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Editorial: March toward equal rights for women

All Canadians have our charter rights, but those rights aren't respected equally

Those who support women’s rights have a way with words. At Saturday’s Women’s March in Courtenay, participants crafted all manner of signs, some funny, some angry, all of them with a pertinent message.

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The first Women’s March was a year ago. It might have been fuelled by disbelief and outrage about the U.S. presidential election outcome, but from the start, it was about more than that. It sparked important conversations about equality, which is too often illusory.

All Canadians have our charter rights, but those rights aren’t respected equally. If we don’t know that, we should. There are too many women, including in our community, who are objectified, disrespected, belittled, assaulted, abused, raped and murdered.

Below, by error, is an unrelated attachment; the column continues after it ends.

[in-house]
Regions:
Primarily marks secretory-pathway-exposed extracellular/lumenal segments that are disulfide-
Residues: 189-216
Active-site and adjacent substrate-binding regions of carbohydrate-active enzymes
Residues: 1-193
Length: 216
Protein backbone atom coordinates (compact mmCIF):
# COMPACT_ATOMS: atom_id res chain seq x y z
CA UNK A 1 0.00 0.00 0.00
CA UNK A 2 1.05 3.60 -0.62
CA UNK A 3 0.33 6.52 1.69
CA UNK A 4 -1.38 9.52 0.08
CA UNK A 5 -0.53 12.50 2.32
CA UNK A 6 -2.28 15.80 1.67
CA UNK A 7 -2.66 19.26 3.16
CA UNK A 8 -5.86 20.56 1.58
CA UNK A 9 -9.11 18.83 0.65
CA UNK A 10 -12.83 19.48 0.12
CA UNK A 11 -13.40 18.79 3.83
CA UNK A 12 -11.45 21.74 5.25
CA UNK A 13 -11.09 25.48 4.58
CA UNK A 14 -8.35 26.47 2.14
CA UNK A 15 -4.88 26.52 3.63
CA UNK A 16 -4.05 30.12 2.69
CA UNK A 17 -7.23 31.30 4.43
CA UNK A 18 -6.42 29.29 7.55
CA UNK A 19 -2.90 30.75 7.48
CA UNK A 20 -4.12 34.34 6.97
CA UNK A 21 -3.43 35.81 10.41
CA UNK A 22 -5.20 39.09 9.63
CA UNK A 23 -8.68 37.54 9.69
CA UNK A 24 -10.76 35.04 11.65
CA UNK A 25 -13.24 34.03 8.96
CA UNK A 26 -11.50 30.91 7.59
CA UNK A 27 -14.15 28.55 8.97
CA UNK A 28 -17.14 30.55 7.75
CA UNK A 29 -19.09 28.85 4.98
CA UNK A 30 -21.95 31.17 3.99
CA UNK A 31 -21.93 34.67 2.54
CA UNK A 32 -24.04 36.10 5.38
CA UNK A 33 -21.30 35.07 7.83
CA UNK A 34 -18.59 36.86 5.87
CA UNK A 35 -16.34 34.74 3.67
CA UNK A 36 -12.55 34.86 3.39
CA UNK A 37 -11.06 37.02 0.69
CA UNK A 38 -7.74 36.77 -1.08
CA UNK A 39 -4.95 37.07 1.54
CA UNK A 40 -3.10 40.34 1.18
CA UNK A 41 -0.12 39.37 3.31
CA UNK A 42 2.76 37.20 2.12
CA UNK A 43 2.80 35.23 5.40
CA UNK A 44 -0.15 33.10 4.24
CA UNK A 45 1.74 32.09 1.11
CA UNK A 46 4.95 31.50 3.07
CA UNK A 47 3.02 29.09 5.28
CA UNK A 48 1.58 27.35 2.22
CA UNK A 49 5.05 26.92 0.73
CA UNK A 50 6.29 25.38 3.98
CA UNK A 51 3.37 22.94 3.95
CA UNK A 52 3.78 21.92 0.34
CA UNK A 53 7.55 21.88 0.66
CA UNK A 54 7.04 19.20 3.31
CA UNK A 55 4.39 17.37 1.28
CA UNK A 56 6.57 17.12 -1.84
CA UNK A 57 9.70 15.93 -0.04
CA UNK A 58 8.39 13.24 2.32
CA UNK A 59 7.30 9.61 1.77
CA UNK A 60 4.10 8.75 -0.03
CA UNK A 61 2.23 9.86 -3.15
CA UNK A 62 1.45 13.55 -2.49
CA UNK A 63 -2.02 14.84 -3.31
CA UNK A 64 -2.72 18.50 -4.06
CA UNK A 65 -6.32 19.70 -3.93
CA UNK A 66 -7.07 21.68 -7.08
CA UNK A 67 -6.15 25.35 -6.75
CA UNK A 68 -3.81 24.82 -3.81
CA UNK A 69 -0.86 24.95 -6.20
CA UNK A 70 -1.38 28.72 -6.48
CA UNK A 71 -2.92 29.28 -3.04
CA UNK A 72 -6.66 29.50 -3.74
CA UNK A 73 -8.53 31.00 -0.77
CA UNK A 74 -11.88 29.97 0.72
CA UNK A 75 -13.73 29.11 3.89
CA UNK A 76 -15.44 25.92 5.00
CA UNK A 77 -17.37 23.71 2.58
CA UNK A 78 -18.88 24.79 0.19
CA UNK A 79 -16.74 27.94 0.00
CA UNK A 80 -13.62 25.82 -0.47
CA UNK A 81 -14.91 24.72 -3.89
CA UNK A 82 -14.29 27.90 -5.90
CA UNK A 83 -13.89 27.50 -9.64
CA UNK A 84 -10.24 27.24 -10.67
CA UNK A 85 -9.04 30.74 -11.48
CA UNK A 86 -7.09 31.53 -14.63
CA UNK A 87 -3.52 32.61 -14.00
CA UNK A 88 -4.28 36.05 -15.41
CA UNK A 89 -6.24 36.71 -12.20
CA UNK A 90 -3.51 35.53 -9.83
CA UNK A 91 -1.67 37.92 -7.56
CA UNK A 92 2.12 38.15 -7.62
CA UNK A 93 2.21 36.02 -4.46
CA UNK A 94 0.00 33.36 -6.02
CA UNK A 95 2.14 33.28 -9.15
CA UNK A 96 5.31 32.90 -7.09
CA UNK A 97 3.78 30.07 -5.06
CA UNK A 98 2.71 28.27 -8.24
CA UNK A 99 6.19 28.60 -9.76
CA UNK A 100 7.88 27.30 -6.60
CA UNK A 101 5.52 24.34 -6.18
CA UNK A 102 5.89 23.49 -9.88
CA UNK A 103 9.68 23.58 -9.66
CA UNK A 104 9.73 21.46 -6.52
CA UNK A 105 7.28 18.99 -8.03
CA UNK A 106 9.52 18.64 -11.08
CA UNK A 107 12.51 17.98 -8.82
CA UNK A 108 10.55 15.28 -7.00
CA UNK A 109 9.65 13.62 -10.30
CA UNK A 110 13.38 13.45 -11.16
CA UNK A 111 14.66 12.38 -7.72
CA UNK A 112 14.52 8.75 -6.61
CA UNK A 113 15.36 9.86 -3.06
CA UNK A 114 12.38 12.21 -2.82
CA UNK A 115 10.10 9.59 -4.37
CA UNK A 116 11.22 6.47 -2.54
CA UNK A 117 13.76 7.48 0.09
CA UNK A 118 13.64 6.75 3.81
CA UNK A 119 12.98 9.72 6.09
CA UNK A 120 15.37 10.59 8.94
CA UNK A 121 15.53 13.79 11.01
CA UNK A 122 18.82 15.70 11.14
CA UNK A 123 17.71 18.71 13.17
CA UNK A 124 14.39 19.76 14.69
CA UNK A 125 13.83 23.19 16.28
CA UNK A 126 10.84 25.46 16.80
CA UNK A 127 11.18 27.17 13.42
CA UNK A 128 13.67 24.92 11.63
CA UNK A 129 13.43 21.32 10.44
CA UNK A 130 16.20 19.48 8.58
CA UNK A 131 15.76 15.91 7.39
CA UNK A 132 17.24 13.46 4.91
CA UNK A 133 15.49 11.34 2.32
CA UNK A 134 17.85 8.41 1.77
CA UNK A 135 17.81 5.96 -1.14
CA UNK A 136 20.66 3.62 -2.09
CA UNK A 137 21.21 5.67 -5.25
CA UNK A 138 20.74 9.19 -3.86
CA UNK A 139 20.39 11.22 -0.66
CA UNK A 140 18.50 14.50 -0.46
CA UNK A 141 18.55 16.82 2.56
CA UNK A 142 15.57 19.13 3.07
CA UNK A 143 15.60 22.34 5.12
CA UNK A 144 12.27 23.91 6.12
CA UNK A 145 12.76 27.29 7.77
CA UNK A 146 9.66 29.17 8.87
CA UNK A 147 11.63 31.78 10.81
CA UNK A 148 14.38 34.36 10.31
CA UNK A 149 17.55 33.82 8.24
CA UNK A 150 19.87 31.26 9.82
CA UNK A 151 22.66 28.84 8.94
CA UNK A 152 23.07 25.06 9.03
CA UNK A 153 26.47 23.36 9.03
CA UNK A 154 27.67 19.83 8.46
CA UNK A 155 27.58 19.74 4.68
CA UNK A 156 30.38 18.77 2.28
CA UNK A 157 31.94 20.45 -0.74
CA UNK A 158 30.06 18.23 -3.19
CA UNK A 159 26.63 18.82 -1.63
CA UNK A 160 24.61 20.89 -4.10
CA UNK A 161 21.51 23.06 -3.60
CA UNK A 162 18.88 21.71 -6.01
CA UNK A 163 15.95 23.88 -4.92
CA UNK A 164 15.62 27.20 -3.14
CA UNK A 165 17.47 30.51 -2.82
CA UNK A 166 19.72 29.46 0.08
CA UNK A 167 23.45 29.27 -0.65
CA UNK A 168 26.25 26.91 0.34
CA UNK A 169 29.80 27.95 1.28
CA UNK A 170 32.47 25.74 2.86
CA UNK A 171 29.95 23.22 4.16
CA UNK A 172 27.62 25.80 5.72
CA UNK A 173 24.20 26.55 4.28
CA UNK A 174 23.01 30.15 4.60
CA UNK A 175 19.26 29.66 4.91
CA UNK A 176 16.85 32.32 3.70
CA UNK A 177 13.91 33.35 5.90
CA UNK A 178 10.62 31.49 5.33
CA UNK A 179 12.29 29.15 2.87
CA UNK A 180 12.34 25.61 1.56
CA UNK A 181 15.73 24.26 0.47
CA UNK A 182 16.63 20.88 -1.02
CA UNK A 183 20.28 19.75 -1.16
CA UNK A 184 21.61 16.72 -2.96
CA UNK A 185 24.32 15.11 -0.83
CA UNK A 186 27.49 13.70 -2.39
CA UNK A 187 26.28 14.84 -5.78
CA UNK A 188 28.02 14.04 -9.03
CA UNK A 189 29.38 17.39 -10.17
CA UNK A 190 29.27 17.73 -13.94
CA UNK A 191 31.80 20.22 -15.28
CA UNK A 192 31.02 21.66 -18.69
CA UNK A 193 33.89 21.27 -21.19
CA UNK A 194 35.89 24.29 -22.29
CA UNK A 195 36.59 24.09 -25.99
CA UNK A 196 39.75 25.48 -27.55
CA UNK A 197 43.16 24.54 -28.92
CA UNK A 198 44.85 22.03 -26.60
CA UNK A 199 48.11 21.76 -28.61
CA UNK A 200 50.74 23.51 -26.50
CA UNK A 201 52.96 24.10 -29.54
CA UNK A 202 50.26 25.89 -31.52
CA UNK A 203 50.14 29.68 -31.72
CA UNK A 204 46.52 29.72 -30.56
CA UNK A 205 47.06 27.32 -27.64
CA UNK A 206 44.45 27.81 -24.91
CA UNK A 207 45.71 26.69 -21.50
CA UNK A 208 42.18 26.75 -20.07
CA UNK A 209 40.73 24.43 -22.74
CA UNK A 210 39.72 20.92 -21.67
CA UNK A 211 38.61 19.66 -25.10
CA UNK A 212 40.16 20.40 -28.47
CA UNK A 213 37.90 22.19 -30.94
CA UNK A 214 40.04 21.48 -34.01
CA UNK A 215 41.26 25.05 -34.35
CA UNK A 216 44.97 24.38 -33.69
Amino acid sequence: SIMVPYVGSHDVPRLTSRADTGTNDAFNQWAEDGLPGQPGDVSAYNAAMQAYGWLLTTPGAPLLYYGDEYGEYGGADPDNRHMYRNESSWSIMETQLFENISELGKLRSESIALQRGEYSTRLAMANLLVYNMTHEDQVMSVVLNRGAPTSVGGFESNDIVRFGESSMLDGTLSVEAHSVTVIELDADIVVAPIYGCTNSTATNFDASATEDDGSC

All those things happen every day, somewhere. They happened between last year’s Women’s March and this year’s march, but maybe if we look at the bright side of 2017 we can see that there exist segments of society that are standing up for women’s rights more firmly than before.

We’re listening more closely to the women who are telling us, ‘Me too,’ and who are telling us why they march. We have to not only listen to them, but believe them. Men who would cause physical and emotional harm and sexual assault must be ostracized, no matter what generation they come from, because ‘Time’s up.’

A march is part of a movement. Change comes when we have leaders at the top and many more at the grassroots who pay attention and care, and together we can squeeze uncomfortably those who don’t see what’s obvious to reasonable human beings.

The next women’s march might be a year away, and in the meantime, there are attitudes and inequalities that we must keep trying to stamp out.

–Black Press

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